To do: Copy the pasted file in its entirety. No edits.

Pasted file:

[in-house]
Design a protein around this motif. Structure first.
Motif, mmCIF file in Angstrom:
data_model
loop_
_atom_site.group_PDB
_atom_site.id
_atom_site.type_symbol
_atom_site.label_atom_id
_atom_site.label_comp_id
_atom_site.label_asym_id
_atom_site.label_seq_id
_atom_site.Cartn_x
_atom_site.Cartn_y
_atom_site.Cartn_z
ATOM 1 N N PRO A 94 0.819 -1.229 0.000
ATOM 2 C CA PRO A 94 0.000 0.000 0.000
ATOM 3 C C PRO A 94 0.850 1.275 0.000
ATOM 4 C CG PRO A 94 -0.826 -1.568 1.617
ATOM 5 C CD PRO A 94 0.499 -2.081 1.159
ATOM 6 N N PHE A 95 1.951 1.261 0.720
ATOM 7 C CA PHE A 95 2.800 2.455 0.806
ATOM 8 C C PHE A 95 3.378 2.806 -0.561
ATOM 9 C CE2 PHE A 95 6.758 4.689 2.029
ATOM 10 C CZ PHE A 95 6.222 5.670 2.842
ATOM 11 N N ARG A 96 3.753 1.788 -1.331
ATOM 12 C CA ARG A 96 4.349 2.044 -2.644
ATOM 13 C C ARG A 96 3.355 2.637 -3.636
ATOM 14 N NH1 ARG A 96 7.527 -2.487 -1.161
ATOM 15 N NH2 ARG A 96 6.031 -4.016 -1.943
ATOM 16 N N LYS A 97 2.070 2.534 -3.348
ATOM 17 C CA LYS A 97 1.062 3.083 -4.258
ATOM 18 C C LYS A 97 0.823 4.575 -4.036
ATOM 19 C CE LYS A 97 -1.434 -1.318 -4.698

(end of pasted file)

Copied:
[in-house]
Design a protein around this motif. Structure first.
Motif, mmCIF file in Angstrom:
data_model
loop_
_atom_site.group_PDB
_atom_site.id
_atom_site.type_symbol
_atom_site.label_atom_id
_atom_site.label_comp_id
_atom_site.label_asym_id
_atom_site.label_seq_id
_atom_site.Cartn_x
_atom_site.Cartn_y
_atom_site.Cartn_z
ATOM 1 N N PRO A 94 0.819 -1.229 0.000
ATOM 2 C CA PRO A 94 0.000 0.000 0.000
ATOM 3 C C PRO A 94 0.850 1.275 0.000
ATOM 4 C CG PRO A 94 -0.826 -1.568 1.617
ATOM 5 C CD PRO A 94 0.499 -2.081 1.159
ATOM 6 N N PHE A 95 1.951 1.261 0.720
ATOM 7 C CA PHE A 95 2.800 2.455 0.806
ATOM 8 C C PHE A 95 3.378 2.806 -0.561
ATOM 9 C CE2 PHE A 95 6.758 4.689 2.029
ATOM 10 C CZ PHE A 95 6.222 5.670 2.842
ATOM 11 N N ARG A 96 3.753 1.788 -1.331
ATOM 12 C CA ARG A 96 4.349 2.044 -2.644
ATOM 13 C C ARG A 96 3.355 2.637 -3.636
ATOM 14 N NH1 ARG A 96 7.527 -2.487 -1.161
ATOM 15 N NH2 ARG A 96 6.031 -4.016 -1.943
ATOM 16 N N LYS A 97 2.070 2.534 -3.348
ATOM 17 C CA LYS A 97 1.062 3.083 -4.258
ATOM 18 C C LYS A 97 0.823 4.575 -4.036
ATOM 19 C CE LYS A 97 -1.434 -1.318 -4.698